What’s in the well water?
Besides two parts hydrogen and one part oxygen, University of Wisconsin-Green Bay students and faculty are looking to find what else is in drinking water.
A groundwater study facilitated by UW-Green Bay and county governments in four Northeastern Wisconsin counties should determine if well water is being contaminated with pharmaceuticals and other bio-waste.
“We’re specifically looking for indications that the well water has been contaminated with either animal waste or human waste,” said Prof. Angie Bauer-Dantoin, professor of Human Biology and Nutritional Sciences. “So, we’re looking for different types of bacteria, we’re looking at nitrate levels, and we’re also looking for evidence that there are factors in the water that can act like hormones.”
One of the major interests in the study is evidence of hormones in groundwater, particularly estrogen.
It’s an area that hasn’t received much study, Bauer-Dantoin said.
UW-Green Bay students are using breast cancer cells to determine if there are elevated levels of estrogen in groundwater samples, which could come from pharmaceuticals in human waste or animal waste seeping into the ground. An elevated estrogen level will cause the cancer cells to replicate more rapidly.
“At this point what we’re mainly interested in is, if there any health implications of what’s happening,” said Prof. Kevin Fermanich, professor of Natural and Applied Sciences. “I think there’s a fair amount of interest in this particular topic… Peoples’ drinking water is of critical importance to everybody.”
The study could show that water is safe to drink in the sampling areas, or that land management practices need to be changed, researchers say.
What’s in the water?
A UW-Green Bay Groundwater Study
Prof. Angie Bauer-Dantoin
Human Biology and Nutritional Sciences
We are, right now, conducting a study to look for certain contaminants in the well water of four different counties in Northeastern Wisconsin—Brown County, Calumet County, Fond du Lac County and Kewaunee County. And we’re specifically looking for indications that the well water has been contaminated with either animal waste or human waste. So, we’re looking for different types of bacteria, we’re looking at nitrate levels, and we’re also looking for evidence that there are factors in the water that can act like hormones; we’re looking for endocrine disruptors.
One of our major interests is looking at whether or not there is hormonal activities in these well water samples. This is something that, to date, not many have paid attention to. It seems as though well water is becoming increasingly contaminated, either with factors that act as hormones that are coming from human waste, perhaps from pharmaceuticals that we use, or hormones that are coming from animal waste, perhaps from cattle manure that’s applied to the land as a fertilizer.
Basically, what we’re doing is we’re growing breast cancer cells in the lab. Breast cancer cells, this particular line anyway, are known to increase their rate of division; increase the rate at which they replicate themselves in the presence of estrogen. So if we throw some estrogen on the cells, they will proliferate at a more rapid rate. Likewise, if we put some extracts from these water samples on the cells that have perhaps hormones present within them, they would cause the cells then to proliferate more rapidly as well. That would give us some indication of the level of estrogenicity in the water samples.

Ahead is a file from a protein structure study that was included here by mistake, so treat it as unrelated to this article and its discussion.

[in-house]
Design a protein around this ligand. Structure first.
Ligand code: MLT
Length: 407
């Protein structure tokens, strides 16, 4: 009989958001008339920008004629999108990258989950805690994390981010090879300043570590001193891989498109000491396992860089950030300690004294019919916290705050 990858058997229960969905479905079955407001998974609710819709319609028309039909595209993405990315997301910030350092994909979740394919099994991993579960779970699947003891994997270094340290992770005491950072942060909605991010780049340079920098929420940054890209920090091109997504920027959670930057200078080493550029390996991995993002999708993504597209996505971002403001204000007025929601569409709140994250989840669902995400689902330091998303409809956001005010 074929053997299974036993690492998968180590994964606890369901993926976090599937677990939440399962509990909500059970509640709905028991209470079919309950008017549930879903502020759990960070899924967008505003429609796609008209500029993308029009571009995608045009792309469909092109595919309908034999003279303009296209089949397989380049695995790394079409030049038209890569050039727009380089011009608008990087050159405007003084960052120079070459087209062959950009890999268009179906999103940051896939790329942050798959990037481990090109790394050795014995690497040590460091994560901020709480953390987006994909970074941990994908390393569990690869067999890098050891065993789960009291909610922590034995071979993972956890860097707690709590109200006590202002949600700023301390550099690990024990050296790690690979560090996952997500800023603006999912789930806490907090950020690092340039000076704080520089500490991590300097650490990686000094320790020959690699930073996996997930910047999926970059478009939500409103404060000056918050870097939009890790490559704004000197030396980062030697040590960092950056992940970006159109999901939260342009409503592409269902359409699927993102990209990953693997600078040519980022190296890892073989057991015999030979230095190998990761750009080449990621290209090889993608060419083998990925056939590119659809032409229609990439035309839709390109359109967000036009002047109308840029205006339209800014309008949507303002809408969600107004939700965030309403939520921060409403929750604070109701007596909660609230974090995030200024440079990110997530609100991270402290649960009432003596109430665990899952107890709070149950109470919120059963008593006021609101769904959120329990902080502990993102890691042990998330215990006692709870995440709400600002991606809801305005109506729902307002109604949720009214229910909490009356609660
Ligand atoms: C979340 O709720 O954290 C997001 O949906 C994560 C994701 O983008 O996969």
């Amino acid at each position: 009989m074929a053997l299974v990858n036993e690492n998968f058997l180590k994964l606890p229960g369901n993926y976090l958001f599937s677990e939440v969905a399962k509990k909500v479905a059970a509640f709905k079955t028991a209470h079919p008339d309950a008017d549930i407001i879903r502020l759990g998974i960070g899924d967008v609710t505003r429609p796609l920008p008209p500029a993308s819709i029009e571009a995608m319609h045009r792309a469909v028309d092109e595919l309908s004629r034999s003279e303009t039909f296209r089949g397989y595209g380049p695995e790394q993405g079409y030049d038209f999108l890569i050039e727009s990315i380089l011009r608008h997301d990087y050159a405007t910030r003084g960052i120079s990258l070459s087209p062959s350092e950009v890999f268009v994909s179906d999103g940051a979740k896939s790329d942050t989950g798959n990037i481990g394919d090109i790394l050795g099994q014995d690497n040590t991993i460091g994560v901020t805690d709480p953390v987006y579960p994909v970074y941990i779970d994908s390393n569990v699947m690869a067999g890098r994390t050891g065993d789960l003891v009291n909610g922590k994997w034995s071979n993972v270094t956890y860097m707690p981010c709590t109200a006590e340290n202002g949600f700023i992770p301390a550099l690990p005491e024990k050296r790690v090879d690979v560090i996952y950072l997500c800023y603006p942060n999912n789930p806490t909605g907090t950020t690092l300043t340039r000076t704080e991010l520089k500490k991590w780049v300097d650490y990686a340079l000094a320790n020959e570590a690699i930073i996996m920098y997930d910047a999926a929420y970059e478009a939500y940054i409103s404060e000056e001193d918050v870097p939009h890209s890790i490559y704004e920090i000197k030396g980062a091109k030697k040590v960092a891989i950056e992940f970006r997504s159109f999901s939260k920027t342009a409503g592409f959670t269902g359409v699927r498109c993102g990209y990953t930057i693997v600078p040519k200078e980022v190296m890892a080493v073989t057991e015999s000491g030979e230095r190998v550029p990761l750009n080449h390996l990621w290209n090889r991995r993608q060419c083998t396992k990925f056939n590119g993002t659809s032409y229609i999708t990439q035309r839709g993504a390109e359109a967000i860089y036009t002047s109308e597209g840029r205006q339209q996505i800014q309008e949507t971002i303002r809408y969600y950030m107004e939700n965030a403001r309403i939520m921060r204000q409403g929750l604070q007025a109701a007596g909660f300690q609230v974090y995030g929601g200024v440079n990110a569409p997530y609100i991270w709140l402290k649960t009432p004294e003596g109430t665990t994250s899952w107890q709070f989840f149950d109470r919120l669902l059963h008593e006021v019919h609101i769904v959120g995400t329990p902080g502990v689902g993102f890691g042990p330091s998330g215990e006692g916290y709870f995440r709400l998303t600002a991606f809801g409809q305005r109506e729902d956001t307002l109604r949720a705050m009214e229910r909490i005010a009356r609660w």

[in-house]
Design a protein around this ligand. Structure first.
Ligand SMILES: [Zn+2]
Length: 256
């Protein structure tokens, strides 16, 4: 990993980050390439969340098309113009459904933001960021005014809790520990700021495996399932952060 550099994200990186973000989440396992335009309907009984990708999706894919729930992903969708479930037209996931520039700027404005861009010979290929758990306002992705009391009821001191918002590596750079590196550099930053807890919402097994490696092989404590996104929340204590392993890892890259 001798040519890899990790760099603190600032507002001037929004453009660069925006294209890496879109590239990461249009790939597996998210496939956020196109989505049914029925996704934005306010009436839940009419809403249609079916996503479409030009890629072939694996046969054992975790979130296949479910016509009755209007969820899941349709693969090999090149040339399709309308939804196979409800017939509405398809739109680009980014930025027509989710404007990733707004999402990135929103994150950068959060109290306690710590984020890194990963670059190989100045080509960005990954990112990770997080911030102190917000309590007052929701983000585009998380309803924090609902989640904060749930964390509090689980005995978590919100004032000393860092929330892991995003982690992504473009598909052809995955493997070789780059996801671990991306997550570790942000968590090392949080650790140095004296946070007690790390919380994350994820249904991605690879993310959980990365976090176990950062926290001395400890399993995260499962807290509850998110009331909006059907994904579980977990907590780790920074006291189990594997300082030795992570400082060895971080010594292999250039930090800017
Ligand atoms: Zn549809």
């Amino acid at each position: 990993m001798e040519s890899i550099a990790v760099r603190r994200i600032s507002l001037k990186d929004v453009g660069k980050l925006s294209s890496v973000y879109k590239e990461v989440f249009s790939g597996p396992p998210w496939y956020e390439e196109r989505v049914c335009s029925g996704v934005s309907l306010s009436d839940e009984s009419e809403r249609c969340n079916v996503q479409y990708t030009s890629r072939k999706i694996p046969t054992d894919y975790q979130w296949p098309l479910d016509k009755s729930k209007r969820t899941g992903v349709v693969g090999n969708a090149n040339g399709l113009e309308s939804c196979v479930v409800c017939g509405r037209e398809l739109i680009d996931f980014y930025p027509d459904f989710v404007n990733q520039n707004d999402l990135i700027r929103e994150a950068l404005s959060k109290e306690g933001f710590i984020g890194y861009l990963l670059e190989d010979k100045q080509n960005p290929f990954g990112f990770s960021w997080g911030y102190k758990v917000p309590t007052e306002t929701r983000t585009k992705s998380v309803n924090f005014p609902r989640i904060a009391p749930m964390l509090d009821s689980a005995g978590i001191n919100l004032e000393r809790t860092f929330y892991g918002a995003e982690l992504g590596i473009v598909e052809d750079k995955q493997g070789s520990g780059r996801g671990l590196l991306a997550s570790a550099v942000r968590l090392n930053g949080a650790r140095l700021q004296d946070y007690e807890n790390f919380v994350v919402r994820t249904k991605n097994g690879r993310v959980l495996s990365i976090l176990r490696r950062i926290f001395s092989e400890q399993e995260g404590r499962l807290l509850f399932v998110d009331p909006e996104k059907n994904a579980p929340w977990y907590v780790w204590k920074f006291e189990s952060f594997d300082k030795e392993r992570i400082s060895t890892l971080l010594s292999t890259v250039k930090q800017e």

Graduate student/Environmental Science and Policy
We’re looking at MCF7 breast cancer cells. Basically what happens is you add the samples to the cells that we have been growing for a long time, making sure they’re healthy and whatnot. And if the samples have something in them that’s an endocrine disrupter, then the cells will proliferate in such a way. The more highly concentrated the endocrine disrupter is in the water, the more the cells will grow.
Senior/Biology, Environmental Science
It could have an impact in the future on how our agricultural fields are managed, and things like that—potential (changes to) laws or regulations. I mean, if down the road we find out these things are harmful and that it is being put into their well, steps will have to be taken to prevent that. That’s why I think it’s important. Even though we don’t know all the impacts of endocrine disruptors and things like that, it’s important to find out if it’s there now so if we do find out there are impacts, we can do something about it.
Prof. Kevin Fermanich
Natural and Applied Sciences (Earth Science)
At this point, what we’re mainly interested in is, are there any health implications of what’s happening. I think there’s a fair amount of interest in this particular topic from the agricultural community, from the conservation and soil and water conservation offices throughout the area, and the local governments, because, obviously, peoples’ drinking water is of critical importance to everybody. If we know we have situations that maybe we shouldn’t be spreading manure, or times of the year we shouldn’t be spreading manure, or we have septic systems that are leaking into the groundwater, we need to change those if we’re going to protect people’s drinking water or supply them with another form of drinking water.
And so what we’re hoping to do then is connect the water quality data to the land use practices and find out where those connections are and where we can suggest changes to the (land) management.